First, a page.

Compassion, the greatest virtue in all major religions, is the basic human emotion prompted by the suffering of others, and it triggers a desire to alleviate that suffering. True compassion is not circumscribed by one’s faith or the nationality of those suffering. It crosses borders; it speaks a universal language; it shares a common spirituality. Those who have suffered themselves, such as Holocaust victims, are supposed to have the deepest well of compassion.

The Israeli election was in full swing while was I visiting Gaza. As I looked out on the ruins of schools, playgrounds, homes, mosques and clinics, I recalled the words of Benjamin Netanyahu, “No matter how strong the blows that Hamas received from Israel, it’s not enough.” As I talked to distraught mothers whose children were on life support in a bombed hospital, I thought of the “moderate” woman in the race, Tzipi Livni, who vowed that she would not negotiate with Hamas, insisted that “terror must be fought with force and lots of force” and warned that “if by ending the operation we have yet to achieve deterrence, we will continue until they get the message.”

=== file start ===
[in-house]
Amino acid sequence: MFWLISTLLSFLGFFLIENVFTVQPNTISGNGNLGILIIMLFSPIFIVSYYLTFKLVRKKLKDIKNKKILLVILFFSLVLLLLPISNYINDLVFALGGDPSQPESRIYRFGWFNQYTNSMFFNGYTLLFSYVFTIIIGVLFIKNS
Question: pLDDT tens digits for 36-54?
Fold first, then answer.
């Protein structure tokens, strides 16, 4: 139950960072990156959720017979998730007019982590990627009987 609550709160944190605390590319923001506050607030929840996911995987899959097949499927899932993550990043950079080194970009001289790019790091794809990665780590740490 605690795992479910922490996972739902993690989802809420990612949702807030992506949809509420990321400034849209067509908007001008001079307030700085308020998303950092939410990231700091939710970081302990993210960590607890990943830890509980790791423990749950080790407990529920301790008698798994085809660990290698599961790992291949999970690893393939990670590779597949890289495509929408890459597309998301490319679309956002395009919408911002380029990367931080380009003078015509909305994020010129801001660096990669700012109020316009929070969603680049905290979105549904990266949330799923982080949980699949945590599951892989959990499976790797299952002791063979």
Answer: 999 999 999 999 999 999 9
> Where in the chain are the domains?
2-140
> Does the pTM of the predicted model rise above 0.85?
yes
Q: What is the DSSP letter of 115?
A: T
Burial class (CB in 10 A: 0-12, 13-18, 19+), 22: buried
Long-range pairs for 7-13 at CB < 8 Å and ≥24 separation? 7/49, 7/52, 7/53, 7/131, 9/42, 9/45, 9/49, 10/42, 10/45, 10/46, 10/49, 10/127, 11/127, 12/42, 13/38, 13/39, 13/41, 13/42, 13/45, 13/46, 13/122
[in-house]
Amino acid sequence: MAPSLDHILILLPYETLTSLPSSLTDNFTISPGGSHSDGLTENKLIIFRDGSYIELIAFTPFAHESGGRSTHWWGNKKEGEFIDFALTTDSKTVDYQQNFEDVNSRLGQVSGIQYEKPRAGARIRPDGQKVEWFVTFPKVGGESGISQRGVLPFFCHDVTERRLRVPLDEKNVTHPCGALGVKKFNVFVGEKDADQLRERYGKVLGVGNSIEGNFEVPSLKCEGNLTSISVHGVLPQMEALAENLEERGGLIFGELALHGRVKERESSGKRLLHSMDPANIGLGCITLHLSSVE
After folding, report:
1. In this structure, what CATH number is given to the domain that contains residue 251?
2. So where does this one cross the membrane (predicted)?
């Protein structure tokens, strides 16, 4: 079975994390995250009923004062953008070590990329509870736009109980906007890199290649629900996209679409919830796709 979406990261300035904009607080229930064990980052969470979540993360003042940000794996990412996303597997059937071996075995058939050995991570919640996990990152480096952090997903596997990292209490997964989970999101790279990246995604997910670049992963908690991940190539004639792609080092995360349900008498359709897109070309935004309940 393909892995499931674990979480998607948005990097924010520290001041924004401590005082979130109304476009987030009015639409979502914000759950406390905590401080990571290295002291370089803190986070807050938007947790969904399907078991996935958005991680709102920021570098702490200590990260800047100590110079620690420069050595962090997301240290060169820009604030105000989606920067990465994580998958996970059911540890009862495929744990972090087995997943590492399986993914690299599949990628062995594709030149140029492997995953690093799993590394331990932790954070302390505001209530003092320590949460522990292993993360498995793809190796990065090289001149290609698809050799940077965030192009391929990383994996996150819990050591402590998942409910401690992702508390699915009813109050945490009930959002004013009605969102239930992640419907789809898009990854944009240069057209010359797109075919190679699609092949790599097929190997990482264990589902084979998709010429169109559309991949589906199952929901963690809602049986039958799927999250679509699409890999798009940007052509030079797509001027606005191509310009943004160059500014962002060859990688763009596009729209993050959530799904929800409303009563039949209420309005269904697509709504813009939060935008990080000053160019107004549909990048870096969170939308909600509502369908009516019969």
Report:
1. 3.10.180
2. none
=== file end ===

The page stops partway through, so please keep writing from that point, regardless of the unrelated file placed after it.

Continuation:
“The message,” I can report, has been received. It is a message that Israel is run by war criminals, that the lives of Palestinians mean nothing to them. Even more chilling is the pro-war message sent by the Israeli people with their votes for Netanyahu, Livni and anti-Arab racist Avigdor Lieberman.

How tragic that nation born out of the unspeakable horrors of the Holocaust has become a nation that supports the slaughter of Palestinians.

Here in the U.S., Congress ignored the suffering of the Palestinians and pledged its unwavering support for the Israeli state. All but five members out of 535 voted for a resolution justifying the invasion, falsely holding Hamas solely responsible for breaking the ceasefire and praising Israel for facilitating humanitarian aid to Gaza at a time when food supplies were rotting at the closed borders.